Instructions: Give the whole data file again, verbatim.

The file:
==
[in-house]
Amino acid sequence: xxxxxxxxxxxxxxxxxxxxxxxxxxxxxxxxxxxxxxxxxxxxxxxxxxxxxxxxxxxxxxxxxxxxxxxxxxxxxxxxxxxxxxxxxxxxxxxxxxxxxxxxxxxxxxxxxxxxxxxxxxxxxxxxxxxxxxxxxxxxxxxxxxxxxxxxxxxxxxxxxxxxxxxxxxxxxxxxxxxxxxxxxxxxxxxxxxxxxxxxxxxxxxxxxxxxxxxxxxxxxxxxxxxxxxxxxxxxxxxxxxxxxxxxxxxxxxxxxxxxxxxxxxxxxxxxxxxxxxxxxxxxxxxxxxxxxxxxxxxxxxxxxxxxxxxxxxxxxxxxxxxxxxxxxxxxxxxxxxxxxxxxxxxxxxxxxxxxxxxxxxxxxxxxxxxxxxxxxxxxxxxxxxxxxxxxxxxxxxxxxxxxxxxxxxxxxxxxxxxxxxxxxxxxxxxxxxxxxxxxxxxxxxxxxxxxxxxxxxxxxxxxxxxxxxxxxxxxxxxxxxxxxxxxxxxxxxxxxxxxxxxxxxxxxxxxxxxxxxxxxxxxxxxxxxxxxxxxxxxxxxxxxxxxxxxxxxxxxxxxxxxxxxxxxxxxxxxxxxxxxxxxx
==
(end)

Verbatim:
[in-house]
Amino acid sequence: xxxxxxxxxxxxxxxxxxxxxxxxxxxxxxxxxxxxxxxxxxxxxxxxxxxxxxxxxxxxxxxxxxxxxxxxxxxxxxxxxxxxxxxxxxxxxxxxxxxxxxxxxxxxxxxxxxxxxxxxxxxxxxxxxxxxxxxxxxxxxxxxxxxxxxxxxxxxxxxxxxxxxxxxxxxxxxxxxxxxxxxxxxxxxxxxxxxxxxxxxxxxxxxxxxxxxxxxxxxxxxxxxxxxxxxxxxxxxxxxxxxxxxxxxxxxxxxxxxxxxxxxxxxxxxxxxxxxxxxxxxxxxxxxxxxxxxxxxxxxxxxxxxxxxxxxxxxxxxxxxxxxxxxxxxxxxxxxxxxxxxxxxxxxxxxxxxxxxxxxxxxxxxxxxxxxxxxxxxxxxxxxxxxxxxxxxxxxxxxxxxxxxxxxxxxxxxxxxxxxxxxxxxxxxxxxxxxxxxxxxxxxxxxxxxxxxxxxxxxxxxxxxxxxxxxxxxxxxxxxxxxxxxxxxxxxxxxxxxxxxxxxxxxxxxxxxxxxxxxxxxxxxxxxxxxxxxxxxxxxxxxxxxxxxxxxxxxxxxxxxxxxxxxxxxxxxxxxxxxxxxxxx